Battery Plants Probed Over Lead

China's laws protect the environment, but are rarely enforced at local levels.
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A young Chinese boy awaits medical treatment for lead poisoning at a hospital in east China's Anhui province, Jan. 8, 2011.
A young Chinese boy awaits medical treatment for lead poisoning at a hospital in east China's Anhui province, Jan. 8, 2011.

Authorities in southern and eastern China have launched an investigation into the operations of two battery factories after dozens of children were tested for lead poisoning in recent weeks.

Guangdong authorities sent a specialist medical team to the province's Heyuan city this week to treat dozens of children who had been tested for lead in the wake of complaints about pollution from a nearby battery factory, official media reported.

"The local media haven't reported the issue of pollution," said a resident of Zijin county, near Heyuan. "There is widespread water pollution in the East River."

"Most people don't use the water from there for drinking, but they are still worried that the water could have been absorbed by fruit and vegetables," she said.

"We hope the authorities will really crack down on these polluting enterprises."

The fears over lead pollution prompted dozens of families to travel to the provincial capital, Guangzhou, to have their children's blood tested, the English-language China Daily newspaper reported.

"All the victims are from Daling village in the Linjiang township of Zijin county under the administration of Heyuan," it said.

"Daling village, which has a total of 329 registered households, is located near the Sunnway Battery Co., the company suspected of being responsible for the lead poisoning."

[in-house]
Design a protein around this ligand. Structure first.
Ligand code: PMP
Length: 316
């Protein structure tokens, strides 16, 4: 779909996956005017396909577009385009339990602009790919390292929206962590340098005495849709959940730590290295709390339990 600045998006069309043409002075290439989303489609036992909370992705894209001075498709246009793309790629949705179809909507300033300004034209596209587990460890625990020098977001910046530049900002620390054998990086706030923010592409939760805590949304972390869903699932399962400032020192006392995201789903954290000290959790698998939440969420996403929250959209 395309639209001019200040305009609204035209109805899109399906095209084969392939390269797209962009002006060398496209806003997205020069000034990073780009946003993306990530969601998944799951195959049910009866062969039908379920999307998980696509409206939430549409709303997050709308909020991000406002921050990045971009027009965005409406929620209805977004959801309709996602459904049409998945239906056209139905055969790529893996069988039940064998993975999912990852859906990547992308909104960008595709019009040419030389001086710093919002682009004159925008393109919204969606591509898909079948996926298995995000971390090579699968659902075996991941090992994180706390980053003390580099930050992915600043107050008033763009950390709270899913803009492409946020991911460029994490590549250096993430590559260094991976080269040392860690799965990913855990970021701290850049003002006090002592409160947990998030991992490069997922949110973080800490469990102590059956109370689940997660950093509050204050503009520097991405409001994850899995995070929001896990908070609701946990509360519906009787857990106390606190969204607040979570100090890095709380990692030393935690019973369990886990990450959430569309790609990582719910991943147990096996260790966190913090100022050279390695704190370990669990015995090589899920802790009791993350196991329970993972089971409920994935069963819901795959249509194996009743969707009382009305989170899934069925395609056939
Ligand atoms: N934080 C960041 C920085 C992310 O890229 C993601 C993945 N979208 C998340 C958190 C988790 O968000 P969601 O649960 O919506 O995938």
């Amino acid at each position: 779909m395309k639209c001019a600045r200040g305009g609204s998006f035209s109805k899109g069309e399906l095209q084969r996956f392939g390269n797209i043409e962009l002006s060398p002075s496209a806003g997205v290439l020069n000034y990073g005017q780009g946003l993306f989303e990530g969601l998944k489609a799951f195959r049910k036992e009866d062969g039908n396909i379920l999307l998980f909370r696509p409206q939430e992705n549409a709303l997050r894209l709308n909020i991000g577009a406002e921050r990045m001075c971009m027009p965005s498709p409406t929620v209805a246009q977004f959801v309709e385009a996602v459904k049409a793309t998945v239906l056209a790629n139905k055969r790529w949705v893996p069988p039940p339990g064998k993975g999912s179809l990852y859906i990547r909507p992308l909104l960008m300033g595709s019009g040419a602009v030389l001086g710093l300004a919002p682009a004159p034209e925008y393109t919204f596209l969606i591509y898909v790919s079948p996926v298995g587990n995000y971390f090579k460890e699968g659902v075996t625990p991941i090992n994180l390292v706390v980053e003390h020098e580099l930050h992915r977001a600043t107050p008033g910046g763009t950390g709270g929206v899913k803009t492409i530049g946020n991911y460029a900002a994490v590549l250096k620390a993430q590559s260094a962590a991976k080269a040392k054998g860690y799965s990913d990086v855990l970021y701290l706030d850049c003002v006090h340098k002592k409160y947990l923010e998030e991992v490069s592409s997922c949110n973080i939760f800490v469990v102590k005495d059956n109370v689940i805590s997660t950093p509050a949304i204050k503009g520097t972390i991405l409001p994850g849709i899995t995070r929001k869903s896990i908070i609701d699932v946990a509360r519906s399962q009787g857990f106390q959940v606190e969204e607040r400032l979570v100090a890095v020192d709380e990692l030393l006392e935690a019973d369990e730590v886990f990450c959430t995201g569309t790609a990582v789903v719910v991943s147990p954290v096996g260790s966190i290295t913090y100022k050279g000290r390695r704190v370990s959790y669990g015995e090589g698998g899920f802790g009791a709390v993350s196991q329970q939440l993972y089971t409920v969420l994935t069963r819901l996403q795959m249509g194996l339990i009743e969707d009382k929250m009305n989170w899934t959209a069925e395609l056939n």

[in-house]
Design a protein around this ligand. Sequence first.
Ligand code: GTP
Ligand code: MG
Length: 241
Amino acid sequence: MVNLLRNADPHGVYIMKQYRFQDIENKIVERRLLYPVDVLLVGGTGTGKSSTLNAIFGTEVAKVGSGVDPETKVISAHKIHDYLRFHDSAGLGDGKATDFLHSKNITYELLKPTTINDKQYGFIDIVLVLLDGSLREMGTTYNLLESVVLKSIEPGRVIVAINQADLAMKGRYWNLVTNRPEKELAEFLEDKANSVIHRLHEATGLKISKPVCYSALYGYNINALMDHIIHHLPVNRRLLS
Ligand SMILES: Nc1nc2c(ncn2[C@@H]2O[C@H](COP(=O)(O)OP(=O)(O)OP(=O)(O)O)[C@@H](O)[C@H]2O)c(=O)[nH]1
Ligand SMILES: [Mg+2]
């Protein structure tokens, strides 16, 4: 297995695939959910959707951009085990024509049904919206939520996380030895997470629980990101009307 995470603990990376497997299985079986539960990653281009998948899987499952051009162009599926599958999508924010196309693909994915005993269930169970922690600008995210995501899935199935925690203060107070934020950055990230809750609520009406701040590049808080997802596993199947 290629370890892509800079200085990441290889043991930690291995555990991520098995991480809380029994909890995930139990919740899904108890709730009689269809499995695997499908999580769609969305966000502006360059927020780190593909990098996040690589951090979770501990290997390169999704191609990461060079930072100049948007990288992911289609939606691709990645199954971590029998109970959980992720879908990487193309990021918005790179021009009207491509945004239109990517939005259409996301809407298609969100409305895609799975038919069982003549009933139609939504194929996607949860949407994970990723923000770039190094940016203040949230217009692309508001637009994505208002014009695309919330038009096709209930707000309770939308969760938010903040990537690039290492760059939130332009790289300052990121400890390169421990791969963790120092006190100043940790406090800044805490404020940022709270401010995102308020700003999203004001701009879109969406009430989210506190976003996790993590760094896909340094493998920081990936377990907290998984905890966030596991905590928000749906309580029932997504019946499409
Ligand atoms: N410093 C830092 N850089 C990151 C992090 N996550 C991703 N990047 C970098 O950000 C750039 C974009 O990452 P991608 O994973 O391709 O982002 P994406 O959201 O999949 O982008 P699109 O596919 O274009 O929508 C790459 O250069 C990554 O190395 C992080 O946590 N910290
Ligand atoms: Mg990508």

Calls to the Sunnway Battery Co. went unanswered during office hours on Tuesday.

The company was set up in 1993 and currently has branches in Heyuan and Shenzhen, according to its website.

Its core business is the manufacture of car batteries, and its products have won a number of awards and are now exported to more than 35 countries and regions, it said.

Plant boss detained

Meanwhile, authorities in Zhejiang province detained the boss of a similar plant on Monday after more than 300 people, including 99 children, were sickened by lead pollution.

According to a statement from the local government, 53 people were hospitalized after tests found that 332 residents in Deqing, near a factory making lead-acid motorcycle batteries, had elevated levels of lead in their blood.

Most of those affected were workers or family members of workers at the Zhejiang Haijiu Battery factory, which has been ordered to suspend operations in Deqing.

State media reports have said that the company has pledged to pay for treatment for those sickened by the lead emissions.

Excessive amounts of lead in the blood can damage the digestive, nervous, and reproductive systems and cause stomach aches, anemia, and convulsions.

Battery makers and lead and zinc smelting plants have been blamed for a wave of lead poisoning cases affecting thousands of children across China in recent years.

Activists say that China has an exemplary set of environmental protection legislation, but that environmental officials lack the power to impose it on powerful vested interests at local levels.

Reported by Bi Zimo for RFA's Cantonese service. Translated and written in English by Luisetta Mudie.





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